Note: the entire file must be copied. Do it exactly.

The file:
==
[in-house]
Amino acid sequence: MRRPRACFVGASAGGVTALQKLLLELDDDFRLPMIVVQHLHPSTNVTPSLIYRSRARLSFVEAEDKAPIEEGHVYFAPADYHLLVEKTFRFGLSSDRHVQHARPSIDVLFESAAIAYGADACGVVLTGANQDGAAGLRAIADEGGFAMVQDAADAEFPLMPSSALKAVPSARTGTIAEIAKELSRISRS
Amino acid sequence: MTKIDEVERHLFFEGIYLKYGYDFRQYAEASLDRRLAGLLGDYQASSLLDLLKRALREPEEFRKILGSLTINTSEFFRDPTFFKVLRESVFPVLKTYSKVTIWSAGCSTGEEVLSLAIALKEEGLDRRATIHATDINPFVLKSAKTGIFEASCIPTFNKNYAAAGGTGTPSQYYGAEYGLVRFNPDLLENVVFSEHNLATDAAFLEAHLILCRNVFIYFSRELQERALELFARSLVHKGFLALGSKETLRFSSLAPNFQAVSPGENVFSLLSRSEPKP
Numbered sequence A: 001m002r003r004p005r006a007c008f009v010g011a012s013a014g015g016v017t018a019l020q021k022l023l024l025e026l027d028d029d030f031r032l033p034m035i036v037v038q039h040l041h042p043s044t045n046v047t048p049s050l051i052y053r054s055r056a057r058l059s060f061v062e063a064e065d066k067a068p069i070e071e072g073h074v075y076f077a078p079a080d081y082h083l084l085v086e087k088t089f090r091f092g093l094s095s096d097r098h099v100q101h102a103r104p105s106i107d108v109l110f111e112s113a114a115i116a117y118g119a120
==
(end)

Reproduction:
[in-house]
Amino acid sequence: MRRPRACFVGASAGGVTALQKLLLELDDDFRLPMIVVQHLHPSTNVTPSLIYRSRARLSFVEAEDKAPIEEGHVYFAPADYHLLVEKTFRFGLSSDRHVQHARPSIDVLFESAAIAYGADACGVVLTGANQDGAAGLRAIADEGGFAMVQDAADAEFPLMPSSALKAVPSARTGTIAEIAKELSRISRS
Amino acid sequence: MTKIDEVERHLFFEGIYLKYGYDFRQYAEASLDRRLAGLLGDYQASSLLDLLKRALREPEEFRKILGSLTINTSEFFRDPTFFKVLRESVFPVLKTYSKVTIWSAGCSTGEEVLSLAIALKEEGLDRRATIHATDINPFVLKSAKTGIFEASCIPTFNKNYAAAGGTGTPSQYYGAEYGLVRFNPDLLENVVFSEHNLATDAAFLEAHLILCRNVFIYFSRELQERALELFARSLVHKGFLALGSKETLRFSSLAPNFQAVSPGENVFSLLSRSEPKP
Numbered sequence A: 001m002r003r004p005r006a007c008f009v010g011a012s013a014g015g016v017t018a019l020q021k022l023l024l025e026l027d028d029d030f031r032l033p034m035i036v037v038q039h040l041h042p043s044t045n046v047t048p049s050l051i052y053r054s055r056a057r058l059s060f061v062e063a064e065d066k067a068p069i070e071e072g073h074v075y076f077a078p079a080d081y082h083l084l085v086e087k088t089f090r091f092g093l094s095s096d097r098h099v100q101h102a103r104p105s106i107d108v109l110f111e112s113a114a115i116a117y118g119a120